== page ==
DHCP Help Again
Robert G. Brown
rgb at phy.duke.edu
Thu Apr 4 06:52:47 PST 2002
On Wed, 3 Apr 2002, Adrian Garcia Garcia wrote:
For one thing don't use the range statement -- it tells dhcpd the range
of IP numbers to assign UNKNOWN ethernet numbers. You are statically
assigning an IP number in your "free" range to a particular host with a
KNOWN ethernet number below. I don't know what dhcpd would do in that
case -- something sensible one would hope but then, maybe not. The
range statement is really there so you can dynamically allocate
addresses from the range to hosts you may never have seen before that
you don't care to ever address by name (as they might well get a
different IP number on the next boot).
DHCP servers run by ISP's not infrequently use the range feature to
conserve IP numbers -- they only need enough to cover the greatest
number of connections they are likely to have at any one time, not one
IP number per host that might ever connect. Departments might use it to
give IP numbers to laptops brought in by visitors (with the extra
benefit that they can assign a subnet block that isn't "trusted" by the
usual department servers and/or is firewalled from the outside by an
You want "only" static IP's in your cluster, as you'd like nodo1 to be
the same machine and IP address every time.
Be a bit careful about your use of domain names. As it happens, I don't
find cluster.org registered yet (amazingly enough!) but it is pretty
easy to pick one that does exist in nameservice in the outside world.
In that case you'll run a serious risk of routing or name resolution
problems depending on things like the search order you use in
/etc/nsswitch.conf. Even my previous example of rgb.private.net is a
You should run a nameserver (cache only is fine) on your 192.168.1.1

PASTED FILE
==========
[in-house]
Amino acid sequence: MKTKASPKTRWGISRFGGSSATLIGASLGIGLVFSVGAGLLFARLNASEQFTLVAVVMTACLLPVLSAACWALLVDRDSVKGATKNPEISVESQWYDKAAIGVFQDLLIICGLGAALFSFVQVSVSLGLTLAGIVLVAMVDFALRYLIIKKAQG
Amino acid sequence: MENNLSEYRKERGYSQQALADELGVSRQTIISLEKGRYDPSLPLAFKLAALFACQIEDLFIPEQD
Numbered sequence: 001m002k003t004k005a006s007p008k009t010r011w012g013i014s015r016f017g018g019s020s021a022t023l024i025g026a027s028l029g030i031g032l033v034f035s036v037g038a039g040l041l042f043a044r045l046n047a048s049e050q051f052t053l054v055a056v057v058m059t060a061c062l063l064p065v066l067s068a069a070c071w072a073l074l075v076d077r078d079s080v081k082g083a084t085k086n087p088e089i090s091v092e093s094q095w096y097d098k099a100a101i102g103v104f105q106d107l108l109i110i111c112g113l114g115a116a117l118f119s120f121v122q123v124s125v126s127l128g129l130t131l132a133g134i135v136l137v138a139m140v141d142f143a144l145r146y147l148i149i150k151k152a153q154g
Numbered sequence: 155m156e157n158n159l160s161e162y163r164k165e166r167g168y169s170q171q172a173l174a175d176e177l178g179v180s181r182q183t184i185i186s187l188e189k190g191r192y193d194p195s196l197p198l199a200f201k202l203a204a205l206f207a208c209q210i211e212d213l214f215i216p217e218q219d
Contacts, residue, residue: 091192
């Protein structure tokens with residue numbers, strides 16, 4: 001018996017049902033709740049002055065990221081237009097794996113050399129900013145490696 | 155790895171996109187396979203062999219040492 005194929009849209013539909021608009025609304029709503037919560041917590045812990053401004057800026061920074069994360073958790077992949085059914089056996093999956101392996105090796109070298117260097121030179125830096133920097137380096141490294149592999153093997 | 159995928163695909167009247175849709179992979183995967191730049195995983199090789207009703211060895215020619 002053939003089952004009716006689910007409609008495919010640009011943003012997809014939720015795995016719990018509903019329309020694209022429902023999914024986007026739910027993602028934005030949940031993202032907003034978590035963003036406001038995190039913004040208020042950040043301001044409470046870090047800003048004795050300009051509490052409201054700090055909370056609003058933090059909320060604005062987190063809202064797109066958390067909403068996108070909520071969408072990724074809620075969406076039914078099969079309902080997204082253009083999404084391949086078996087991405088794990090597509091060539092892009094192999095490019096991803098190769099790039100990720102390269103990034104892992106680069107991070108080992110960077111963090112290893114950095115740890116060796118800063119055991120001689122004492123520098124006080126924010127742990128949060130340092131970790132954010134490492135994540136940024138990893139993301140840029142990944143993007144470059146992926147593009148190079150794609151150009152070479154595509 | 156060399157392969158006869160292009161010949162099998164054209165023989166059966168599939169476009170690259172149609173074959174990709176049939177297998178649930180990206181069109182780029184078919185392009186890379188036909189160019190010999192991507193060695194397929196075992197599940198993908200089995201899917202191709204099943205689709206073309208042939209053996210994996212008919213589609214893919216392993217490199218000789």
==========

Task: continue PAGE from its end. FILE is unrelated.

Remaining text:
server, presuming it lives on an external network and you care to
resolve global names.
Similarly you may want:
option routers 192.168.1.1;
if you want internal hosts to be able to get out through your (presumed
Finally, if you want nodo1 to come up knowing its own name without
hardwiring it in on the node itself, add
option host-name nodo1;
to its definition.
I admit that I do tend to lay out my dhcpd.conf a bit differently than
you have it below but I don't think that the differences are
particularly significant, and you have a copy of the one I use anyway if
you want to play with the pieces. You should find a log trace of
dhcpd's activities in /var/log/messages, which should help with any
On your nodo1 host, make sure that:
and that in /etc/modules.conf there is something like:
alias parport_lowlevel parport_pc
alias eth0 tulip
(or instead of tulip, whatever your network module is).
If you then boot your e.g. RH client it SHOULD just come up,
automatically try to start the network on device eth0 using dhcp as its
protocol for obtaining and IP number, ask the dhcp server for an address
and a route, and just "work" when they come back.
Hope this helps.
> server-name "server.cluster.org"
> subnet 192.168.1.0 netmask 255.255.255.0
> range 192.168.1.2 192.168.1.10 #my client has the ip
> #and my
> server the static ip 192.168.1.1
> option subnet-mask 255.255.255.0;
> option broadcast-address 192.168.1.255;
> option domain-name-server 192.168.1.1;
> option domain-name "cluster.org";
> host nodo1.cluster.org
> hardware ethernet 00:60:97:a1:ef:e0; #here is the address of the
> client's card
> fixed-address 192.168.1.2;
> And finally some files on my server.
> networking = yes
> hostname =server.cluster.org
> gatewaydev = eth0
> HOSTS ( In my server and in the client I have the same on this file )
> 127.0.0.1 localhost
> 192.168.1.1 server.cluster.org
> 192.168.1.2 nodo1.cluster.org
> Ok thats the information, I am a little confuse, could you help me please
> =). I can´t detect the mistake, I dont know if is the server or some card
> =s. Thanks for all.
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Robert G. Brown http://www.phy.duke.edu/~rgb/
Duke University Dept. of Physics, Box 90305
Durham, N.C. 27708-0305
Phone: 1-919-660-2567 Fax: 919-660-2525 email:rgb at phy.duke.edu
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